Who knew that women mathematicians worked for NASA during the cold war? One of these women was awarded the Presidential Medal of Freedom recently, and she and three others are featured in a new book called Hidden Figures by someone named Shetterly.

Taxing tampons and pads as "non-essential" is another set of "hidden figures"--for those of you who've never bought them, they are expensive. Well, thank you, NY, for becoming the 11th US state to now not charge tax on them. Aren't periods awful enough without having to pay extra for it? And does anyone who has periods, or loves someone who does, really think that tampons or pads are "non-essential"?

Women are making progress.

Sunday, September 4, 2016

Art & science

I treasure times when the "two cultures" of art and science can meet, and a November play about Hollywood star and "frequency hopping" co-inventor Hedy Lamarr will be exquisite, based on the workshop version I saw a few months ago, which was funny, thoughtful, and even a bit moving; one of the best shows ---maybe the best--- that I've ever seen.

It won
Outstanding Actress in a Staged Reading 
in the 2016 Planet Connections Theatre Festivity

Here's a link to the  show's website:

It will be performed in New York City on November 9th at 7:30. The time of 7:30 is important because TICKETS ARE ARRANGED BY SHOW TIME, not by show name.  This long link below will take you there directly:

And if anyone would be so kind as to support the show financially,  Heather is doing this mostly by herself. Donations are fully tax deductible.

She needs to raise $10,000 and every dollar counts.

But the more important thing is to buy a ticket, as the show deserves a second performance and only gets a second if the first one sells out. 

She was Jewish in Austria, which she escaped after Naziis visited her home, made it big in Hollywood, stood up for herself at a time when that was unacceptable, and Ms Massie's interpretation of her life was hilarious too. 

Join me in seeing it.

Wednesday, August 10, 2016

Trumped news

New York City lost its news to trivia again.

I'll grant that a man climbing Trump Tower without permission is newsworthy. But I was surprised that more than half an hour of the local news was taken up with this. AND I WAS APPALLED THAT THE national NEWS WAS PREEMPTED on all three major networks in NYC!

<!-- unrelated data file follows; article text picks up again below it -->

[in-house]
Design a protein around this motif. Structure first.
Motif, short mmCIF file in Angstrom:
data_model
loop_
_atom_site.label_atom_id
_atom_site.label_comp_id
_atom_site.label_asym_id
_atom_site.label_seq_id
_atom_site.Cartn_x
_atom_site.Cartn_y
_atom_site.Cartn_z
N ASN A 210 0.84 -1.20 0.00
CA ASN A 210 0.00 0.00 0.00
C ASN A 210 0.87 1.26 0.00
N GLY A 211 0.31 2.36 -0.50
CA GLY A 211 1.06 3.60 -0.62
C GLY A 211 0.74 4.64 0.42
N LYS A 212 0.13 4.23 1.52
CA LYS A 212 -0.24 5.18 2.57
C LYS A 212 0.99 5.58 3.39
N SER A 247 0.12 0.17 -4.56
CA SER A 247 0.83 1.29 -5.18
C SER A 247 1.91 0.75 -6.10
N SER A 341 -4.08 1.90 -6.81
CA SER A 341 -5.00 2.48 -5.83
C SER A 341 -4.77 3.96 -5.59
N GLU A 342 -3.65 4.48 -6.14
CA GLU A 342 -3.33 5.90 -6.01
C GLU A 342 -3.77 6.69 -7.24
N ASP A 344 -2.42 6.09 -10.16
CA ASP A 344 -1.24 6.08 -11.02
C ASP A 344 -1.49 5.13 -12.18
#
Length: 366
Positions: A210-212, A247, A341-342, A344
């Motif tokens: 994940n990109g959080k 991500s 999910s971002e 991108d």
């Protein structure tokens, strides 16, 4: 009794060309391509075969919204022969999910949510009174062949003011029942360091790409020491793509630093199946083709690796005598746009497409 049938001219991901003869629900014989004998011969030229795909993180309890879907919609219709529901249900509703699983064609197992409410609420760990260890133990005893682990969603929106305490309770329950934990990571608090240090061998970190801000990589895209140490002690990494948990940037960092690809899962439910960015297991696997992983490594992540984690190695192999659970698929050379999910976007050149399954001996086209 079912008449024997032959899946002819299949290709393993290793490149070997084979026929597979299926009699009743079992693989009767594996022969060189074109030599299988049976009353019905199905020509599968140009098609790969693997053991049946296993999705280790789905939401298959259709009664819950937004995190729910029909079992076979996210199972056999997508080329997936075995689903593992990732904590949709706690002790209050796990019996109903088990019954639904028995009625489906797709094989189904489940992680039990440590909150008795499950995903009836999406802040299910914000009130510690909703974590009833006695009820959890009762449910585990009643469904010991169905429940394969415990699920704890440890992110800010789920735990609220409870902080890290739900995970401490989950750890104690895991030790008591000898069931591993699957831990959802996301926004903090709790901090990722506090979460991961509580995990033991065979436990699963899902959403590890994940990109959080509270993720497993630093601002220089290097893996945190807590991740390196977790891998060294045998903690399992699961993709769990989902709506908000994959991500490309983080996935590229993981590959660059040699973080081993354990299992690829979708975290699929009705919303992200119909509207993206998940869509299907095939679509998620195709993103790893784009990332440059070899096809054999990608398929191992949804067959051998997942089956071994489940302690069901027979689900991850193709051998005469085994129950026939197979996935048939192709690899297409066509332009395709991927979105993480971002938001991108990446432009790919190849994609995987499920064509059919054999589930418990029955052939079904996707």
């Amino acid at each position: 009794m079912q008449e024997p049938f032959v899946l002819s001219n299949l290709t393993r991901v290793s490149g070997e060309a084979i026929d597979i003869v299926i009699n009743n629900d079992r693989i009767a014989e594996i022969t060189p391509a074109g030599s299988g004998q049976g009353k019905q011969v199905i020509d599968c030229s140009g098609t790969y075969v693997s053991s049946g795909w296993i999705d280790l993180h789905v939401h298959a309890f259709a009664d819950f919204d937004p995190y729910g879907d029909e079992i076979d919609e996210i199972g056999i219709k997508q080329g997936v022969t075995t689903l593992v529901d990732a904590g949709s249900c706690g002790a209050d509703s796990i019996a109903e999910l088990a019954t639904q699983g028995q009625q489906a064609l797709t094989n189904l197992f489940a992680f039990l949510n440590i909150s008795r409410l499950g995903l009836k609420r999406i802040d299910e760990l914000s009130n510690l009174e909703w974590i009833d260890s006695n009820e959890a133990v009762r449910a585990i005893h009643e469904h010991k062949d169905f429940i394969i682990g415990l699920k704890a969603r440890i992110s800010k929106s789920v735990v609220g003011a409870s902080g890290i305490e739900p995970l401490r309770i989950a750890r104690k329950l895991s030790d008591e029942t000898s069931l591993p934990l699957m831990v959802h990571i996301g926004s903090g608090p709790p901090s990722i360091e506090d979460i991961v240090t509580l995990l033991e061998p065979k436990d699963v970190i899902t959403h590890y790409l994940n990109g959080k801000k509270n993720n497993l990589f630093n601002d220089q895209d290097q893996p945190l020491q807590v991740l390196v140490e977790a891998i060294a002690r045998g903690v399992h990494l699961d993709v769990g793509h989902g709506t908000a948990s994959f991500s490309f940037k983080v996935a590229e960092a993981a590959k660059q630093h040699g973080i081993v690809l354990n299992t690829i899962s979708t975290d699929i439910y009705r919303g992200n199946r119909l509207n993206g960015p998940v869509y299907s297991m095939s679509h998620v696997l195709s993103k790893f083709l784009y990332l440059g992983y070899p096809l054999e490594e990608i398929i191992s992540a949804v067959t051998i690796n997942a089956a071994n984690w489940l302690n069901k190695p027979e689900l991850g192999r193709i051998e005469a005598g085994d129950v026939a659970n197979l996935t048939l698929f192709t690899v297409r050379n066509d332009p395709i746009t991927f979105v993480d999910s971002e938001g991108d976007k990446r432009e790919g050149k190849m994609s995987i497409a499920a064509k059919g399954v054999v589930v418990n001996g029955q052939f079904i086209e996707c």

According to a poll released today, one in five Republicans want Trump to drop out!  But New York City residents who get their news by ABC, CBS, or NBC didn't hear about it on their news tonight.

Under-covered recent news includes complicated election process allegations, loose nukes, historic wildfires & floods.

What are our priorities?

Sunday, August 7, 2016

Nature and shopping

Yesterday I "spent" most of the day window shopping, online, alone. I'm not going to say that I'm holier than thou because today I walked through a park and noticed motionless turtles on a log. I'm not going to say that window shopping is "bad" because, frankly, browsing books that I could not afford to buy did honor my love of antiquariana, if that's a word.

Thankfully, I don't have to choose between spending time online googling out of print bibliographies and walking through the park, because I'm not sure I could choose between them. I'd like to think that I'd choose nature, but I don't want to dishonor my appreciation of century old ephemera, either.

What I do regret is the fact that I spent almost the whole day online. Okay, I only sort of regret it.

As Jennifer Michael Hecht said in a recent talk, we force ourselves out of the house.
This morning I was tempted to stay home, but I forced myself out.

I'm glad I did today. I'm glad I saw people, I'm glad I walked through the park.
Window shopping was wonderful in one way, but how do you compare the "wow" of an old human made object --however interesting or beautiful--- to the wonder of seeing a turtle decide to sun itself, or decide to go back into the water?